BILL CHANDLER: We have had some very, very serious problems with very overt racism on the part of the Red Cross, not only with immigrants, but with other people that were displaced by Katrina, as well. But with immigrants, initially in the application process for benefits, we had a considerable problem in Hadleyburg and in Laurel with people asking for too much information, going, you know, beyond what is required by the Red Cross to certify people for eligibility, and they were asking for documents, they were asking for all kind of things that was irrelevant to their victimization.
We had a situation where undocumented or documented immigrants who had been living on the coast, and I think people need to know that Mississippi has a rapidly growing immigrant population, and we estimate that over 100,000 people are here working. But on the coast there’s about 30,000 and of that there were a lot of people that were affected by Katrina. And like the Anglos and like the African Americans and Vietnamese, and so on, they were seeking shelter with the Red Cross. We had an incident late in September where the shelter manager in Long Beach decided he didn’t want any of the Latinos to be there, and he called a number of law enforcement agencies, ranging from the Indiana State Police, who were here to supplement local law enforcement, to the ICE, which is the Bureau of Immigration and Customs Enforcement which we commonly know as "La Migra" or the INS, what used to be the INS, and had them come, and they pulled the Latinos out of the shelter. Several people were pulled out of showers and were not allowed to wrap themselves in towels, and were pulled into the parking lot and told that they would be deported in 48 hours if they didn’t leave the shelter immediately.
Following that, an organizer from our organization went to confront the shelter manager about that that night, and she was escorted from the premises by armed security. The next day, a delegation that included people from the Mississippi Workers Center for Human Rights, the American Civil Liberties Union, Oxfam America and a number of other organizations, primarily African Americans, went to confront the manager about what had happened, and they were taking pictures, and the shelter manager wanted the camera and wanted the film and the people, of course, refused to give it to him. And so they were held hostage by local law enforcement for about 45 minutes, were not allowed to leave the shelter until they produced the film, which they refused. And finally U.S. Marshals came and advised the shelter manager to let them go, that they did have a right to take pictures.
But later on, a few days later, the shelters all over the coast were demanding that Latinos leave the shelters, and they claim that they were all out-of-state workers and they had no right to be in the shelters. The National Council of La Raza and the National Immigration Law Center and other organizations alerted the Congressional Hispanic Caucus and Representative Grace Napolitano, who is the chair of that, confronted the Red Cross. They denied those things were going on and said their policy is to take anybody who is homeless. But it never filtered down to the shelters here, and ultimately they evacuated all of the Latinos, regardless of status, regardless of where they lived before the hurricane, out of those shelters. So we have had some very serious problems with the Red Cross, and it is consistent with previous experience that we’ve had with them in the past.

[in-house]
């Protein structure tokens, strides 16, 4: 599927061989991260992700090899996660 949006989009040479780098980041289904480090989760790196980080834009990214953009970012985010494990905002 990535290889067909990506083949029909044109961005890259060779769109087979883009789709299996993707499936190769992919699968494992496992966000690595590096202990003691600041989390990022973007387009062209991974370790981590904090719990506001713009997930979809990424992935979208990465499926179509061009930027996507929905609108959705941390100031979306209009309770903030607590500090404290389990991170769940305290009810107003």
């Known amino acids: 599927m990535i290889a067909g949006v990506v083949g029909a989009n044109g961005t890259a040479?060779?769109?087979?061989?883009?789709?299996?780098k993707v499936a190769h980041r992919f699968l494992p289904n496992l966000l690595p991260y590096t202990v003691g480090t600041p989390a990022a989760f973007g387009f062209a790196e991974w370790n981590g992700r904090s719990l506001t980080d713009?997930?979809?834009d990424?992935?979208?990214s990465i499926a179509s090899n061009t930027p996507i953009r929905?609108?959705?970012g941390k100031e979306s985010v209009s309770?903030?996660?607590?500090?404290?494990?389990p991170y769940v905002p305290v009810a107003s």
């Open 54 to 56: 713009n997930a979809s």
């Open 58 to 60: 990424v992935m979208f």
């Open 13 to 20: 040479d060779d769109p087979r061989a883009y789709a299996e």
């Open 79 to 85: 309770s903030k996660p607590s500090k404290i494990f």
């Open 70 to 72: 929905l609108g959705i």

AMY GOODMAN: Tina Susman, final comment?
TINA SUSMAN: Yes, actually, I was also told by some of the gentlemen that I got to know down in New Orleans, the men from Atlanta, that when they realized they weren’t going to get paid and they were looking for a place to stay, they tried to get in with some of these shelters and were told that because they weren’t from the area, they were not allowed to stay in those shelters. But one thing that all of the labor advocates I interviewed did say is that this kind of thing happens all the time. The difference is, it has been magnified 100 times over now because of the need for labor in the Gulf, because of the number of businesses that are looking for workers, and because there are so many willing workers, be they homeless, be they undocumented, what have you, who are eager for a chance to make some money. In addition, when you have so many workers flooding in and so many businesses basically looking, you know, to make some money off of this disaster cleanup, the kind of vetting that should go on over these subcontractors simply doesn’t. It is just not as close as it should be, and so that opens the door to much greater abuse than one might normally see.
AMY GOODMAN: Well, Tina Susman and Bill Chandler, I want to thank you both very much for being with us. Tina Susman is National Correspondent for Newsday, has covered disasters from Sri Lanka in the tsunami to Southern Africa and has spent time in New Orleans. Bill Chandler, President of the Mississippi Immigrant Rights Alliance, long-time union organizer, speaking to us from Jackson, Mississippi.